Longing for what we have lost 2.1

Winckelmann’s History of the Art of Antiquity, 2nd part

Winckelmann’s rebirthing of antiquity

Winckelmann and the revival of antiquity

Even during his lifetime Winckelmann revolutionised conceptions of antiquity and the way people studied it. Winckelmann’s passion reignited a yearning for the ancient past that spread beyond the Italian lands. The Victorian aesthetic critic Walter Pater writes of Winckelmann’s work:

Mars and Venus, A. Canova’s response to a commission from the Prince Regent, later George IV (1762–1830)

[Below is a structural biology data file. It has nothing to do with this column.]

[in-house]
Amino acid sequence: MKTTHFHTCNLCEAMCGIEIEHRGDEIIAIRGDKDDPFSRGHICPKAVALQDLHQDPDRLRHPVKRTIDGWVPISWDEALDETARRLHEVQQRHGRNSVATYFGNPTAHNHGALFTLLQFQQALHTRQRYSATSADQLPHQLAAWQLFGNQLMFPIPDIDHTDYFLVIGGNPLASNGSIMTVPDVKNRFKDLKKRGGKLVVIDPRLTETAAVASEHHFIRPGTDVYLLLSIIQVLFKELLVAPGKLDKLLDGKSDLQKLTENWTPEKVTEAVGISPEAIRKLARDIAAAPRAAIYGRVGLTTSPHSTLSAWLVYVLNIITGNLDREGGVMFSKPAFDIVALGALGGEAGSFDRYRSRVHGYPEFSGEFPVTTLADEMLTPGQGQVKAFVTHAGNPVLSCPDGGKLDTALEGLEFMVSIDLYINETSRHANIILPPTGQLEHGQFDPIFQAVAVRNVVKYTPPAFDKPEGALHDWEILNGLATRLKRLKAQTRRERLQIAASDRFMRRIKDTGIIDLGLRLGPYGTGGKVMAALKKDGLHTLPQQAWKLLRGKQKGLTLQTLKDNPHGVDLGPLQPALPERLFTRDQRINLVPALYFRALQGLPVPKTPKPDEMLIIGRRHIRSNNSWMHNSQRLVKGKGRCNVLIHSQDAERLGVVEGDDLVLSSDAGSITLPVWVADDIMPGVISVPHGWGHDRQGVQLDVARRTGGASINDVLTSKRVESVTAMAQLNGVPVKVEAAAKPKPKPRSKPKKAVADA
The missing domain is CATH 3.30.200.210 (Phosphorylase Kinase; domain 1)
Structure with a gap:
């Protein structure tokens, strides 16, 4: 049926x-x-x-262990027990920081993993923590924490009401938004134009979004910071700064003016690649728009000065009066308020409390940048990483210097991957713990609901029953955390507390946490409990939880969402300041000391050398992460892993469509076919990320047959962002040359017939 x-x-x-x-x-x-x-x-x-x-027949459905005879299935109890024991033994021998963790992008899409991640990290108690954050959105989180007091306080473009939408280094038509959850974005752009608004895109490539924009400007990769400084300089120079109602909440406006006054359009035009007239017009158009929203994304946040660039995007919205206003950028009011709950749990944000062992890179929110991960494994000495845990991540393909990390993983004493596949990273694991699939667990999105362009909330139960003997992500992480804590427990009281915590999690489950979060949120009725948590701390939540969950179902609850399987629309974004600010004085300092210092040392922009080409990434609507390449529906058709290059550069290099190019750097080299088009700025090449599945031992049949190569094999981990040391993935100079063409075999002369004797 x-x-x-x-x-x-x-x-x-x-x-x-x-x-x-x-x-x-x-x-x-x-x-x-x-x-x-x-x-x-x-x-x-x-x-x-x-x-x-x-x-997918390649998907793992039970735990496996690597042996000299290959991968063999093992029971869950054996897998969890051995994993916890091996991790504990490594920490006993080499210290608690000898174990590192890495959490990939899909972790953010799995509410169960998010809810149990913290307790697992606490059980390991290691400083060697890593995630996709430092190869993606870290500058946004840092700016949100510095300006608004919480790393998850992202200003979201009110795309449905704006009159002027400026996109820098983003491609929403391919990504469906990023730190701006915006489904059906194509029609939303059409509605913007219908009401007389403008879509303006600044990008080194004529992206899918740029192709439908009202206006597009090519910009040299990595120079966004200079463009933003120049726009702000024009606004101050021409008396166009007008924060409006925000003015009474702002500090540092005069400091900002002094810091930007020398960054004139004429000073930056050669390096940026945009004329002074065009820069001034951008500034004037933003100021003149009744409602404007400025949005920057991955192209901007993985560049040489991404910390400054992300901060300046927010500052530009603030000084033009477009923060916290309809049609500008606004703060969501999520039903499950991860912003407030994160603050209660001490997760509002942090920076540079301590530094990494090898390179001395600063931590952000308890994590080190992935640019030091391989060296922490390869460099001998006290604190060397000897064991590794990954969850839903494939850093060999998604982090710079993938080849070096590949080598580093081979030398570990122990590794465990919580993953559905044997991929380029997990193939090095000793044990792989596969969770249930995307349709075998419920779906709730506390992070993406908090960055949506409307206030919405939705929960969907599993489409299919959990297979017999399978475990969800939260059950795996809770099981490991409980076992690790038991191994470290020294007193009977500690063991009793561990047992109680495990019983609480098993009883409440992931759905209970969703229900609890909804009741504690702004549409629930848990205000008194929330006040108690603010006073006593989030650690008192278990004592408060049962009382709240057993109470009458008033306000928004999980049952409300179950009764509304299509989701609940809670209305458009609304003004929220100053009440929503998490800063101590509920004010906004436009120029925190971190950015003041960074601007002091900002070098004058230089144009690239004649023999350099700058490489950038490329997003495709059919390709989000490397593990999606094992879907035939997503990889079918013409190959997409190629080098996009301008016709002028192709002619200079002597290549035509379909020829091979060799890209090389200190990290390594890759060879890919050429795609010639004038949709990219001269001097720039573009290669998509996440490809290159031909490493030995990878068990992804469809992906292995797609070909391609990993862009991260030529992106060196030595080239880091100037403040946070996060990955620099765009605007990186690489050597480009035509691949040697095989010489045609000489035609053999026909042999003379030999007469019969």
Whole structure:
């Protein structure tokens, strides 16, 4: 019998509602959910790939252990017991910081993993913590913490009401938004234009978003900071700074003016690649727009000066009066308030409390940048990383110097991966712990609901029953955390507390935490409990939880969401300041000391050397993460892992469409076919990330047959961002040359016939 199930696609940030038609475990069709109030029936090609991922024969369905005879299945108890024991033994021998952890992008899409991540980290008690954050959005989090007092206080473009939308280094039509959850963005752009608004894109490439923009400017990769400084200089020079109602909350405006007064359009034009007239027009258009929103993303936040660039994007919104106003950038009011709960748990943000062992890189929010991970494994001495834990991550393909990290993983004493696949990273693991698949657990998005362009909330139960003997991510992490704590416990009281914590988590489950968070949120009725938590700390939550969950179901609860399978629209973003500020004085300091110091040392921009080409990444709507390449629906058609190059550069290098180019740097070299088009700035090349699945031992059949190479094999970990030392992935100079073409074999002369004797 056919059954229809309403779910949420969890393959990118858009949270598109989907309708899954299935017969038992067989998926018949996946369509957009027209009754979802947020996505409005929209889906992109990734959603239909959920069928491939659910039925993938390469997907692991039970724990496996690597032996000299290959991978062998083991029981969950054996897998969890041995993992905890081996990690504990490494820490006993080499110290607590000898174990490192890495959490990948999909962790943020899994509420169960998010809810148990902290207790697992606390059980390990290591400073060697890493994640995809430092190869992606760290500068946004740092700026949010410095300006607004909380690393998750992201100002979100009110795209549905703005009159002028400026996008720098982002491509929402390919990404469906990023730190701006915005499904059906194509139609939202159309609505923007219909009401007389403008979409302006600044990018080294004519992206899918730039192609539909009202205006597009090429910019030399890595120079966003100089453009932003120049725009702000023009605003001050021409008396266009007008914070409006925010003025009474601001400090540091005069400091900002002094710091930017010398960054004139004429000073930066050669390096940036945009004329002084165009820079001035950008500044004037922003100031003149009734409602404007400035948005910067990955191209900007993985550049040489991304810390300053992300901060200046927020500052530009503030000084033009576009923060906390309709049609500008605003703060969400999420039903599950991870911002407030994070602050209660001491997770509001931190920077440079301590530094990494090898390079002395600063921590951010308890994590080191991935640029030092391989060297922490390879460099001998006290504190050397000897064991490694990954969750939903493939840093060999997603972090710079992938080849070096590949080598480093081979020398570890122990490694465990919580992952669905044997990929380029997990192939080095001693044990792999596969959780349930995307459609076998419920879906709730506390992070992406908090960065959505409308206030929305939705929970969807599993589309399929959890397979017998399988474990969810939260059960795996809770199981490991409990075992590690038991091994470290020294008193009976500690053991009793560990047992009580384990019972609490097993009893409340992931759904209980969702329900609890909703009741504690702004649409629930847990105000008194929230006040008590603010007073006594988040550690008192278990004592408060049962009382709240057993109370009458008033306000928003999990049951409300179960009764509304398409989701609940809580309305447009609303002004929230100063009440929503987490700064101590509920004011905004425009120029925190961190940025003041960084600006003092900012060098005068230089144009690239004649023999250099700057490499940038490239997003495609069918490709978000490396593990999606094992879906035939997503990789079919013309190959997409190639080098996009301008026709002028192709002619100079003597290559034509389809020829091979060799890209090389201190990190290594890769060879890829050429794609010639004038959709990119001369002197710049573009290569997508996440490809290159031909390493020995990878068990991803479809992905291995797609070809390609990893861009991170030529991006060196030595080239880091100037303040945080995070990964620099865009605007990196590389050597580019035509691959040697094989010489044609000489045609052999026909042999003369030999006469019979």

Its purpose was direct, an appeal from the artificial classicism of the day to the study of the antique.[1]

His most famous and detailed work, History of the Art of Antiquity (Geschichte der Kunst des Alterthums) prompted a renewed interest in Greek and Roman sculpture. Numerous new editions and translations into French and Italian appeared before the end of the eighteenth century.

Winckelmann’s influence is also visible in the diffusion of neoclassical art across nations, as exemplified in the paintings of Jacques-Louis David, the sculptures of Antonio Canova, and the architecture of Karl Friedrich Schinkel.

[1] Pater 1873, 158

→ 2.2. ‘Father of art history’